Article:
Contra Dance – Friday, May 5

We once again welcome special out-of-town musical guests* for our contra dance on Friday, May 5, when Snor T Horse will play, with Paula McFarling calling! Snor T Horse is composed of Cathy Barton, Dave Para, Tenley Hansen, and Mike Fraser. Banjoist and hammer dulcimer player Cathy Barton and guitarist Dave Para are acclaimed for their variety and expertise in both vocal and instrumental styles. Their more than 35 years of playing together have taken them to festivals, clubs, concert halls, schools and recording and media studios across the United States and five European tours. They also performed for many years on the riverboat Delta Queen.

Fiddler Mike Fraser and keyboardist Tenley Hansen specialize in high-energy music rooted in Celtic and old-time traditions. Mike has strong ties to the Ozarks, where he also apprenticed under the legendary Ozark fiddler Bob Holt. Keyboardist Tenley Hansen is a singer/songwriter and multi-instrumentalist who spent much of her life in Kansas City and. She was a musical stage performer before she moved into folk music.

The contra dance starts at 7:30 p.m. at the Ballroom Academy of Columbia, 3910 Peachtree Drive. Beginners are encouraged to come to an introductory lesson at 7:00 p.m.  Admission is $8 for the public, $5 for students and ages 16-25, with free admittance for children 15 and under.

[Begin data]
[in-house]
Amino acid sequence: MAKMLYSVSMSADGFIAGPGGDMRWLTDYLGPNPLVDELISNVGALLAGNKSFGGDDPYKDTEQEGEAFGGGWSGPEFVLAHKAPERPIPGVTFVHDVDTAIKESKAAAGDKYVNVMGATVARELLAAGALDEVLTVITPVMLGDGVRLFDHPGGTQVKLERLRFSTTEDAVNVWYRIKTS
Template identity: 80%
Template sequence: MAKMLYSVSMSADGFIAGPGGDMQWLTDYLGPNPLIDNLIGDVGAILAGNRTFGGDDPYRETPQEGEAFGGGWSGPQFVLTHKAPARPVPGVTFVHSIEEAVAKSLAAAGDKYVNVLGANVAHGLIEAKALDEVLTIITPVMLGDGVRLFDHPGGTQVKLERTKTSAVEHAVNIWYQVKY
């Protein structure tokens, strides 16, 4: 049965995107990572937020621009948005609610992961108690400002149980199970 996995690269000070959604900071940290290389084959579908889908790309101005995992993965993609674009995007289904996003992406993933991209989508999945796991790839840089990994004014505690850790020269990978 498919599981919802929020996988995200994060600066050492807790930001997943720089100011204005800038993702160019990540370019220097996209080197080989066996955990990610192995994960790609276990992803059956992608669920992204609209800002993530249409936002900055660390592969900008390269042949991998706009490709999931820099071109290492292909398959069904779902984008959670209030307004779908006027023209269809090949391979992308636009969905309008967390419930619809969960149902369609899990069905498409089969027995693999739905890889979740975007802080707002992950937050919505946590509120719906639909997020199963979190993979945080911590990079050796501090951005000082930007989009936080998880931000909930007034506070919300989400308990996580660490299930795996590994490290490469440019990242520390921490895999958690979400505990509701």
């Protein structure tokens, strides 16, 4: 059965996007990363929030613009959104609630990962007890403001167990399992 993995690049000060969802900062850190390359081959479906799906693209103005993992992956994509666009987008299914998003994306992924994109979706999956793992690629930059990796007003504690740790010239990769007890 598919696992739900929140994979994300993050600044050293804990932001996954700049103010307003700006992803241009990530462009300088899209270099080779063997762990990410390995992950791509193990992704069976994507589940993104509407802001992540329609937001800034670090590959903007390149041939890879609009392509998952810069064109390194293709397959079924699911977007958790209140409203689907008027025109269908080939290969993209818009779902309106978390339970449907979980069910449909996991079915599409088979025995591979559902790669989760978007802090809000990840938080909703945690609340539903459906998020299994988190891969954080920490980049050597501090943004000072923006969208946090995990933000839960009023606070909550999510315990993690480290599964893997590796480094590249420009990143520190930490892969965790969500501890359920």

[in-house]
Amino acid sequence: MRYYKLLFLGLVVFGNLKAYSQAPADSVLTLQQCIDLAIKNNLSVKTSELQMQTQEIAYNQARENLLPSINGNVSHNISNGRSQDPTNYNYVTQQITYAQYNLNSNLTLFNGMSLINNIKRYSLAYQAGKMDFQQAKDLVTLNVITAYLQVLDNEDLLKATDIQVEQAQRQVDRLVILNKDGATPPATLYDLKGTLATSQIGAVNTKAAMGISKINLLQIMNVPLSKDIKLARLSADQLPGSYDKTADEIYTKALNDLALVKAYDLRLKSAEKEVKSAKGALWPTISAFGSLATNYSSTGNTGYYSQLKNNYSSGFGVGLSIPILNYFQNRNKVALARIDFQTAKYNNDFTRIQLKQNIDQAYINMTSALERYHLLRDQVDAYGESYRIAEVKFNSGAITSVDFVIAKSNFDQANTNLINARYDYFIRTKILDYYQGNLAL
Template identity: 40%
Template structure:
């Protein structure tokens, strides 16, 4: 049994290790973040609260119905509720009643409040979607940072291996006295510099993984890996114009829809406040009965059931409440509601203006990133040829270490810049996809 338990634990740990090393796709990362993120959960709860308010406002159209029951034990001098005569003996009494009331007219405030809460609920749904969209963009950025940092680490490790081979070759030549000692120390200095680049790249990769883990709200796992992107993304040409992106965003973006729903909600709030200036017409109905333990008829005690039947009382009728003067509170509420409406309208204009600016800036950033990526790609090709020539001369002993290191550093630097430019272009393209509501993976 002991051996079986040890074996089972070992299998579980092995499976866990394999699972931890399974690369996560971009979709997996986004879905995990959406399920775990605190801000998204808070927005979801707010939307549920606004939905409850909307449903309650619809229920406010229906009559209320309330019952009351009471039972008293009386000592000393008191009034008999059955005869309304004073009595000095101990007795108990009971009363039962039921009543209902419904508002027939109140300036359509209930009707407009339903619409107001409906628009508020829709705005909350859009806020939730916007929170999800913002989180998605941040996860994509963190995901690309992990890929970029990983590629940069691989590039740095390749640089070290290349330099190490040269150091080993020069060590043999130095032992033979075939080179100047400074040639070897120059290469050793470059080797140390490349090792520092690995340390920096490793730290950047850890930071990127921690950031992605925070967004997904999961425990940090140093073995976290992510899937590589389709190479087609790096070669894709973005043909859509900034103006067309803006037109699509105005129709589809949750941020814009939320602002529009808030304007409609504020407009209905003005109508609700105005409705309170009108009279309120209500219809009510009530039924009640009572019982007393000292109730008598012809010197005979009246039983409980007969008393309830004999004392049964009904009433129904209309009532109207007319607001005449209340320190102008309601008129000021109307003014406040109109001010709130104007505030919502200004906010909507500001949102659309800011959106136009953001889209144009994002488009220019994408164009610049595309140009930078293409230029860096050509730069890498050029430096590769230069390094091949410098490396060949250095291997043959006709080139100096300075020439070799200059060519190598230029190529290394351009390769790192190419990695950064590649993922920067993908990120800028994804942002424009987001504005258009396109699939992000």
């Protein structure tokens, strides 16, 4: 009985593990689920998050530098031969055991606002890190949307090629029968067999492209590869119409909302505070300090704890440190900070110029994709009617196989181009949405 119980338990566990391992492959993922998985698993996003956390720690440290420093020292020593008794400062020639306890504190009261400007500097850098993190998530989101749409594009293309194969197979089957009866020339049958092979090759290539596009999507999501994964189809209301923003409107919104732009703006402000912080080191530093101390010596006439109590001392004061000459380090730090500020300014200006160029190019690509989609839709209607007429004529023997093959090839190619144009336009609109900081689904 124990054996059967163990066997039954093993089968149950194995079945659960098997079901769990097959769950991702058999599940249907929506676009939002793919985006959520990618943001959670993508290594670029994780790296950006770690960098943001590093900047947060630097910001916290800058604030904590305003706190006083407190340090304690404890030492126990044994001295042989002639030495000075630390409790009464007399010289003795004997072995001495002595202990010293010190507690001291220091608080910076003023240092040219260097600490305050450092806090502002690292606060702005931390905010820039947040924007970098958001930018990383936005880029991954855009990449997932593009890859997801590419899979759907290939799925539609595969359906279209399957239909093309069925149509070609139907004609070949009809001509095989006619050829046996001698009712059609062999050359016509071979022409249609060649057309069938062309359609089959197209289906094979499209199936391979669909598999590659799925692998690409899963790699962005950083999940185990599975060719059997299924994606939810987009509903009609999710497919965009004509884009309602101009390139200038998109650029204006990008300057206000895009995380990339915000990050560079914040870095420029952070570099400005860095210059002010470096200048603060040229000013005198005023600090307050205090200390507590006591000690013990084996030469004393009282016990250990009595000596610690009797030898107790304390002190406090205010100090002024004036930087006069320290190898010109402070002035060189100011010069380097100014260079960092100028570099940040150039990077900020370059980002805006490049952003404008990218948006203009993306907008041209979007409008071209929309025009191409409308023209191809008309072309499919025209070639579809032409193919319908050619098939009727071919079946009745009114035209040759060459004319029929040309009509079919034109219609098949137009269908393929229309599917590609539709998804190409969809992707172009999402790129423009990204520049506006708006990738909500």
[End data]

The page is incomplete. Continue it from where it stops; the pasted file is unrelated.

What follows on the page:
MMTD’s dances are fun, community-oriented events that do not require prior dance experience. Individuals of all ages are welcome, as well as couples and groups. No partner is needed. Every dance is taught and called throughout the evening.  Dancers should wear lightweight, comfortable clothing and soft-soled or leather-soled shoes to preserve the floor.

For more information, email mmtdcolumbia@gmail.com or call 573-825-4698.

*Funding for the “Bring Them Home” series is provided by the Columbia Office of Cultural Affairs. The series showcases the current generation of master fiddlers and accompanists who are an integral part of Missouri’s community dance tradition, but are rarely heard in the Columbia area.

 

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